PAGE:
What I Wish the Doctors in the Hospital Understood About Lyme Disease
I’m writing this from my hospital bed on the 13th floor of a well-respected hospital in Chicago.
I’m lying here thinking, Why do they have 13th floors in hospitals, anyway? At this particular hospital it happens to be the infectious disease floor. It’s my third visit to this floor; the friendly daytime nurse even recognized me.
Chronic Lyme disease is a controversial illness with little to no acceptance or understanding in Western medicine; but when we become acutely ill, we still have to go to the conventional emergency room or hospital. There are no integrative medicine emergency rooms… yet.
There are many serious symptoms of Lyme disease that could land you in the emergency room or the hospital, like seizures, paralysis, fainting, strange rashes, and the feeling of having a heart attack. For me, it’s been a persistent bone infection.
Many Lyme patients avoid the emergency room out of the fear of being misdiagnosed or mistreated, because there is a lack of understanding of our complex illness. But even more so, we are afraid of being judged or told it is all in our head.
In the emergency room yesterday, the well-intentioned doctor listened and took notes on my complicated history — the years of autoimmunity, the bone infection, the eventual Lyme disease diagnosis — and then sweetly asked, “Are you an outdoorsy person? Where would you have been exposed to Lyme?” We are asked this all the time, even though the CDC published a study that ticks carrying Lyme disease are in almost half the counties in the United States.
When I am in the hospital or meeting a new doctor I have to make the decision whether or not to tell them about my Lyme disease. Do I tell them and risk being dismissed, or do I not tell them and risk hiding important information from a doctor?
Many Lyme patients choose to go with the second option, because it is just too painful to be told the illness you battle every single day simply doesn’t exist. Lately, I’ve been going with the first option. I have this honesty complex, and I feel like eventually it will come out; I don’t want to look like was hiding something.
The four-person infectious disease team crowded around my bed, and I felt all their eyes on me. A young resident asked the first question, “Why are you taking that medication?” Then, the head of the department asked in a condescending tone, “What is the name of your Lyme specialist?” A resident, who was about my age, said, “You’re the healthiest looking person we’ve seen all day.” I guess she was trying to make me feel better.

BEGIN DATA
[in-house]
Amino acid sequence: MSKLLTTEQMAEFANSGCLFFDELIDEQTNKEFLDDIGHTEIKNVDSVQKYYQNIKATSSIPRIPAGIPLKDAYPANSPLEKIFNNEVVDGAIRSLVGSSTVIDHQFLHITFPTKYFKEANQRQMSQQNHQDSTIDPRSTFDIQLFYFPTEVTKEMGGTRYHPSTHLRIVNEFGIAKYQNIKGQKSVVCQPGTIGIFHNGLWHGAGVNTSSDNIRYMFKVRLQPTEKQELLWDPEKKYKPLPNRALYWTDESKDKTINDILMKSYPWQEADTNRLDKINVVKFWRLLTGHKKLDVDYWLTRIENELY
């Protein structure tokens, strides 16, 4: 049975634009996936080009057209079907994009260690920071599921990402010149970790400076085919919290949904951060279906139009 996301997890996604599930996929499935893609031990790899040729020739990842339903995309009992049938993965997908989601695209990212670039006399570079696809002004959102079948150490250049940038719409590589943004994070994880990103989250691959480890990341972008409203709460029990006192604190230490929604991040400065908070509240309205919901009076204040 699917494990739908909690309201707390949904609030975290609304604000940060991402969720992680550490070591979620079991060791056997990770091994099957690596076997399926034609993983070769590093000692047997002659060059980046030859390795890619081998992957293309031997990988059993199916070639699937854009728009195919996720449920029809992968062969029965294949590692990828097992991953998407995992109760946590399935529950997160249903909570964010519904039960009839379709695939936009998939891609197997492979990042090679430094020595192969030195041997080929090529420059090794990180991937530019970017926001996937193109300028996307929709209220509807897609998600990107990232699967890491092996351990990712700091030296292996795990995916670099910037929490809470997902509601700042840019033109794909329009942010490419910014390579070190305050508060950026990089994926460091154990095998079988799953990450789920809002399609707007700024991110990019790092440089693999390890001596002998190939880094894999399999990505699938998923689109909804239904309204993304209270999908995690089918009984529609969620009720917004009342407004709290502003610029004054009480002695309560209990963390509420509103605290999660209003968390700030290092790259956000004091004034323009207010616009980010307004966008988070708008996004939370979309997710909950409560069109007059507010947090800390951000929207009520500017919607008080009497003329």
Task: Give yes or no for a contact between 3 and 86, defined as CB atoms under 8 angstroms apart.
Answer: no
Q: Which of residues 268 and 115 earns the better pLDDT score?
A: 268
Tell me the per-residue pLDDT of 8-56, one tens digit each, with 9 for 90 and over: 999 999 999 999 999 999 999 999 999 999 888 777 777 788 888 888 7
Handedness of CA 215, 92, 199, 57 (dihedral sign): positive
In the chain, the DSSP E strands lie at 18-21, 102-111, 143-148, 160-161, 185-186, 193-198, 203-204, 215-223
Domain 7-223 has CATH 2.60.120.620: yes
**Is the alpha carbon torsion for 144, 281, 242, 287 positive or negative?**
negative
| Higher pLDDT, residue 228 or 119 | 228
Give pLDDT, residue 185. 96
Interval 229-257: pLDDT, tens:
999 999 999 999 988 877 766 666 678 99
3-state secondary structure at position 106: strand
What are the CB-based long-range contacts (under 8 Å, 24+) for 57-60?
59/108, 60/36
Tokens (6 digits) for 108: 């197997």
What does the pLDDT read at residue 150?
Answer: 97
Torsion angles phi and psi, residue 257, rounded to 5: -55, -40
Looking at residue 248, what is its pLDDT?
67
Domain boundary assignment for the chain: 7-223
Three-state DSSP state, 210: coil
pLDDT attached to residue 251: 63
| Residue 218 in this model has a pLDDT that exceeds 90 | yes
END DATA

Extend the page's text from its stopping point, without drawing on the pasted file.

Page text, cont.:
They wrapped up their questions and then stepped outside my door. I tried not to listen to what they were saying. I heard someone mention “looking up symptoms on Google” and “sending blood work off to unverified labs,” then it came, laughter, right outside my door.
I am a well-educated, intelligent person. I approach every problem with the utmost care and consideration. I had to find my diagnosis on my own with no help from conventional medicine. All I could do was sigh and tell myself, “They laugh at what they don’t understand,” and remain grateful and humble for the help they can provide me with my current issue.
My message for doctors and medical professionals is simple: Use your empathy training. Put yourself in your patient’s shoes and think about what they may be feeling.
Imagine going to a place for help in a desperate moment, only to be told what you are have doesn’t exist.
Imagine being told your terrifying symptoms are “all in your head.”
Imagine being afraid to tell a doctor your diagnosis.
Imagine knowing the only doctor who can help you in an emergency probably doesn’t know anything about your illness.
Imagine being dismissed because you don’t look sick.
Imagine being made to feel ignorant about your illness when you’ve spent countless hours researching it.
Imagine being laughed at by a team of doctors.
I am capable of the same empathy. I understand the weighty responsibility doctors have to follow certain guidelines. To that I will ask two things. One, please educate yourself on Lyme disease and look at the controversy from both sides. Two, try saying something like this: “I trust you understand your body, but I see things from a different perspective. Let’s discuss how we can work together on this.”
While I was finishing this article there was a knock at my door. A hospital volunteer walked into my room with a beautiful vase of pink lilies and carnations from the “Random Acts of Flowers” program. I was reminded of the overwhelming kindness of people. My doctors here at the hospital want me to get better. Though their approach is not ideal, our goal is the same.